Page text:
I recently watched this video from Jamie Oliver’s new project and it’s seeming like more and more children these days have no idea where their food comes from, what it’s made of, or what it even is outside of a fast food container. In order for our children to have better health, they must have better nutrition; and if you want better nutrition, you’ve got to teach your kids about food. It starts with that first spoonful of pureed carrots and you as the parent, have so much power to raise your children to be healthy eater from the highchair on up! Here are my five best tips for teaching your babies and toddlers about food and laying the groundwork for them to be food wise for a lifetime.
1. Presentation Matters. I’m not talking about fancy dishes or fine silver baby spoons, but think about how you present food to your baby or toddler. Do you just serve up a spoonful of puree or put down the plate? Or, do you tell them what it is they’re eating? From those very first days of baby foo, talk to your kiddo and tell them what it is they’re eating. “Look at the bright orange carrots!” “We’re having chicken with rice and broccoli tonight.” It doesn’t take much time, just some intentional thought, and you’re slowly introducing children to the foods they’re eating.
2. Take them grocery shopping or let them help put up the groceries. Hands on experience with whole fruits and veggies will help them be able to name them later on, identify which ones are fresh, and pick out bright, colorful photonutrients for life! Now again, while you’re shopping or putting up veggies, talk to your kiddos about the produce and use descriptive language. “These apples are bright and red!” “Can you smell those strawberries! They must be getting ripe!” Check out my post about Bountiful Baskets homeschool lessons for more ideas on interacting with whole fruits and veggies at the store/home.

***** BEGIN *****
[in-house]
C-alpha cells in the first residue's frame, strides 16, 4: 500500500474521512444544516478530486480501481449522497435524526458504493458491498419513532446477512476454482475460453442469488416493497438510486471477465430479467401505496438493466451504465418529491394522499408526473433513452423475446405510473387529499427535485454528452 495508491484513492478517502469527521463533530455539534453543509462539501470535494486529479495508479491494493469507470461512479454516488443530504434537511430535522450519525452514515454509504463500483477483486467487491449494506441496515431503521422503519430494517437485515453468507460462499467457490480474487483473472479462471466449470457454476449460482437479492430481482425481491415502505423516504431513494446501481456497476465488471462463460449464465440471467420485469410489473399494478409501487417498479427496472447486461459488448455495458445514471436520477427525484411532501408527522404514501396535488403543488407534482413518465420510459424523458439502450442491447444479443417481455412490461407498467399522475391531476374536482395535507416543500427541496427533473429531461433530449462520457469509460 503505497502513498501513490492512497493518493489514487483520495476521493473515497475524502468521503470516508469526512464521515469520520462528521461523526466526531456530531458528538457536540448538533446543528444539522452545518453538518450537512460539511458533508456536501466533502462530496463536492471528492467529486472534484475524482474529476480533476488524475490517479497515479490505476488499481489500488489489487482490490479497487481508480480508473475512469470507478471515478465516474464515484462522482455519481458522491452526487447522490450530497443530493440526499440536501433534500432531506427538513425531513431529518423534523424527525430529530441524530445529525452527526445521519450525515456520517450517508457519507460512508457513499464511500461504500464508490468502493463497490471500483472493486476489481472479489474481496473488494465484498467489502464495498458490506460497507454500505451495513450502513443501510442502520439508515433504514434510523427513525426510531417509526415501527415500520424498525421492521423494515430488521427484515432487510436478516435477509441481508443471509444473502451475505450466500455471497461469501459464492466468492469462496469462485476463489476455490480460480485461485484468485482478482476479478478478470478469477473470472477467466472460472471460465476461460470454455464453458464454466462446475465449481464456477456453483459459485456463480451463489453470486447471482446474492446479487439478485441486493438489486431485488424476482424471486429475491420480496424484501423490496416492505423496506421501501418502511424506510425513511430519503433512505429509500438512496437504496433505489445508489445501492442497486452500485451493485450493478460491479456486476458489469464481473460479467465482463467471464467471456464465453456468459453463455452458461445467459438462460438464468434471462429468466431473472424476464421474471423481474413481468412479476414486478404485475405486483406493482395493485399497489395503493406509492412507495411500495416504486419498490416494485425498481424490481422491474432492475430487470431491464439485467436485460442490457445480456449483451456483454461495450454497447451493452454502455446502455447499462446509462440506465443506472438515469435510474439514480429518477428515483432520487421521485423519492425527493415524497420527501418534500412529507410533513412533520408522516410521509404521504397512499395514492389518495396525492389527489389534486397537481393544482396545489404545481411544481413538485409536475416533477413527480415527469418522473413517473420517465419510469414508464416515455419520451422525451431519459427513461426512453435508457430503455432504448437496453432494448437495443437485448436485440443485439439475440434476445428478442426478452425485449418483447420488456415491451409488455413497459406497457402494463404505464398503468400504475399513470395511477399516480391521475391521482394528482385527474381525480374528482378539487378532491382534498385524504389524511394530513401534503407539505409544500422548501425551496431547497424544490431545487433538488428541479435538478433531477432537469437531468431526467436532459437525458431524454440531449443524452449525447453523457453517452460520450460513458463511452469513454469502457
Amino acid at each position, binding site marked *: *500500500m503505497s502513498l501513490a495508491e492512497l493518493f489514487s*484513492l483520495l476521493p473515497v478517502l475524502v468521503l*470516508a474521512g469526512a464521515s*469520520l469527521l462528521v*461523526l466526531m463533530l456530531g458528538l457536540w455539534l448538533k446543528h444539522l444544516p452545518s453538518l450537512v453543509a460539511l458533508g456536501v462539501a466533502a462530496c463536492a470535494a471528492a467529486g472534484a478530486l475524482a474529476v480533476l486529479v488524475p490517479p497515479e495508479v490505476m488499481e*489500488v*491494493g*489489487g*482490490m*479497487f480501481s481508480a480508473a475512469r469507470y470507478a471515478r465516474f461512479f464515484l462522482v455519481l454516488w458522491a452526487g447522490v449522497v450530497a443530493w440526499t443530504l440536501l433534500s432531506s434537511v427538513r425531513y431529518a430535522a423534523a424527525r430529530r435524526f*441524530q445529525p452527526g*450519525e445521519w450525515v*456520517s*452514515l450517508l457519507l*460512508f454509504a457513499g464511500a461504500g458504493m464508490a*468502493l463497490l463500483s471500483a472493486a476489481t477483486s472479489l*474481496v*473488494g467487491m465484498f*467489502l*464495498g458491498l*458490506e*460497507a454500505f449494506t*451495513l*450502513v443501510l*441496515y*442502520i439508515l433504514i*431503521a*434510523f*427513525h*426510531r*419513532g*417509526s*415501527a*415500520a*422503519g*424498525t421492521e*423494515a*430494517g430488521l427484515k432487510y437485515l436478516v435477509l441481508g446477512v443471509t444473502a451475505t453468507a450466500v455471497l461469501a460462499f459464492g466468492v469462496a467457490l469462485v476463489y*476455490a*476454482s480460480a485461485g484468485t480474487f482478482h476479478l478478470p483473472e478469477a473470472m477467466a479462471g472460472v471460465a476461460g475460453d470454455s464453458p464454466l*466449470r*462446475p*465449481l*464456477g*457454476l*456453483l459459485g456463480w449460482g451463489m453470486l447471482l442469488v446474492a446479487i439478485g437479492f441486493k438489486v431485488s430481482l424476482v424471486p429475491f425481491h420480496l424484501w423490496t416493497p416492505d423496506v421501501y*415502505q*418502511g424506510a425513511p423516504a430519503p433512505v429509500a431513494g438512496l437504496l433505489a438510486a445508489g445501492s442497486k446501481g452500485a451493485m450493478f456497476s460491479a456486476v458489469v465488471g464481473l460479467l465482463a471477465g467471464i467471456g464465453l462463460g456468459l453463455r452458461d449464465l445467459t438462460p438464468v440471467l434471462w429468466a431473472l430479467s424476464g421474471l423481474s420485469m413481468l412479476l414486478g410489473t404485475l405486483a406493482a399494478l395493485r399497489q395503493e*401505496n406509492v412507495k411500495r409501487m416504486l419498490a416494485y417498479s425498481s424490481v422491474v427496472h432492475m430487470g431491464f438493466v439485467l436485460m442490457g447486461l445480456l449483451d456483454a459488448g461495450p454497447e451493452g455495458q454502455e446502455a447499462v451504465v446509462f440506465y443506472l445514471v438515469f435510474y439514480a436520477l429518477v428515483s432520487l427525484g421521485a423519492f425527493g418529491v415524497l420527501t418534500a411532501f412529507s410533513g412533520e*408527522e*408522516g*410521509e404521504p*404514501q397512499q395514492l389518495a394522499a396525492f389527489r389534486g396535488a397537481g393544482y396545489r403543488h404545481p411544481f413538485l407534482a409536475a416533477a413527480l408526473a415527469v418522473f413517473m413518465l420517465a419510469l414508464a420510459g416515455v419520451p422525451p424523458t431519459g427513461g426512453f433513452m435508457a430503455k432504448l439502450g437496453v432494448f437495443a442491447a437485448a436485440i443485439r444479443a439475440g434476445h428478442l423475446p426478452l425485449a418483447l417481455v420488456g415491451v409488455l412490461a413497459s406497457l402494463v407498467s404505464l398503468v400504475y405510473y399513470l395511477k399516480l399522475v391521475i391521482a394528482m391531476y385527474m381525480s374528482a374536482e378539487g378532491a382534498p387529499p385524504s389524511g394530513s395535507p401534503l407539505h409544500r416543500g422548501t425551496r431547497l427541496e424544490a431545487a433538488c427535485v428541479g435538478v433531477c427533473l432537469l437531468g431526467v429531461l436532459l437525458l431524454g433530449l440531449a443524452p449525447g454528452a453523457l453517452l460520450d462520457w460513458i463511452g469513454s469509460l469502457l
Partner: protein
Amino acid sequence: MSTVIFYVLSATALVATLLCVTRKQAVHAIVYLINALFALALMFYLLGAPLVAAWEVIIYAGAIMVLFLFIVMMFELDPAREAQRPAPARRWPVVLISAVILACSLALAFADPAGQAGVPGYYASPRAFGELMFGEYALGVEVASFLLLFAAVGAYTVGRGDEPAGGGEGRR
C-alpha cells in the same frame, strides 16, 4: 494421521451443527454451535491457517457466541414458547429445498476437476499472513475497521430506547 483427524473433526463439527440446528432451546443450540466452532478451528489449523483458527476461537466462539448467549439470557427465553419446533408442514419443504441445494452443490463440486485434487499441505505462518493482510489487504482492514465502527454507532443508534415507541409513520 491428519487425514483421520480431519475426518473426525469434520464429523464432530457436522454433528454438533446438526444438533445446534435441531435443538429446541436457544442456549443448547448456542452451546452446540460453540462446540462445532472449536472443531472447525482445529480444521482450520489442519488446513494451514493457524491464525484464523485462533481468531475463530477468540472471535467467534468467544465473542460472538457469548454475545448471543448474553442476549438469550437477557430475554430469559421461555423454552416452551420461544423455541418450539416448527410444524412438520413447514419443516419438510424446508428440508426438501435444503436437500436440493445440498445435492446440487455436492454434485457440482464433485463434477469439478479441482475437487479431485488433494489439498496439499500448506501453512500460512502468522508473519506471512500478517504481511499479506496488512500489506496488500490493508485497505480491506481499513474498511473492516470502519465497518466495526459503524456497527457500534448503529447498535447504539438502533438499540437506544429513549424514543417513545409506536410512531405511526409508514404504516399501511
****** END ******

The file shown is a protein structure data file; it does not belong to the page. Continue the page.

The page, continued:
3. Let them play with their food and feed themselves. I know it’s messy. Trust me, I know. We’ve got quinoa stuck to the table, spaghetti sauce on the backs of the chairs, and squash on the walls, so I know what I’m asking of you, but I promise it’s worth it! Children learn through play and more specifically, through self-directed play. Your toddler isn’t just putting applesauce in his hair to spite you. He’s learning about the texture of the applesauce, how lumpy or smooth it is, how thick it is. Not only is this important for sensory development, but some research implies it helps children to learn and develop deductive reasoning. So, let them play with their potatoes and just hold off on painting the kitchen walls for a few years.
4. Variety is key. Prepare a variety of foods in a variety of ways. Did you know that you can mash carrots like potatoes, or make muffins with zucchini? Provide your children opportunities to eat a variety of foods, but don’t be dismayed if they aren’t fond of steamed cauliflower. They might still like cauliflower pizza. You might have to get creative and hit up Pinterest, but there are millions of different ways to prepare your favorite fruits and veggies and in doing so, you might help your little one discover that they really do love eggplant.
5. Plant a garden and visit a local farm. Oh, this is one of my favorites! There’s no better way to teach your kids about our food and food supply, then growing your own. Tomatoes are easy to grow and many varieties do well in containers. Peppers are known for withstanding the Texas heat. A little sunlight and you grow herbs on a window sill. Even if your thumb is as brown as they come, many farms and ranches will let families tour or do berry picking. These are great ways to teach your children from a young age where their food comes from. I’d also suggest this book for story time on this subject. (Side note: be aware that talking about where our meat comes from, while important, might upset some children. Be mindful of your child’s personality, or at least be willing to cook vegan for a little while, or maybe forever.)
Now, if you’re new to the world of healthful eating, or maybe you are just starting to learn about our food system yourself, it’s not too late! Yes, these tips are geared towards very young children, but they work for kids (and adults) of all ages, and it’s never, ever too late to start caring more about what we eat and where it comes from.
Comment below and tell me, what’s your best tip for educating your little ones about their food?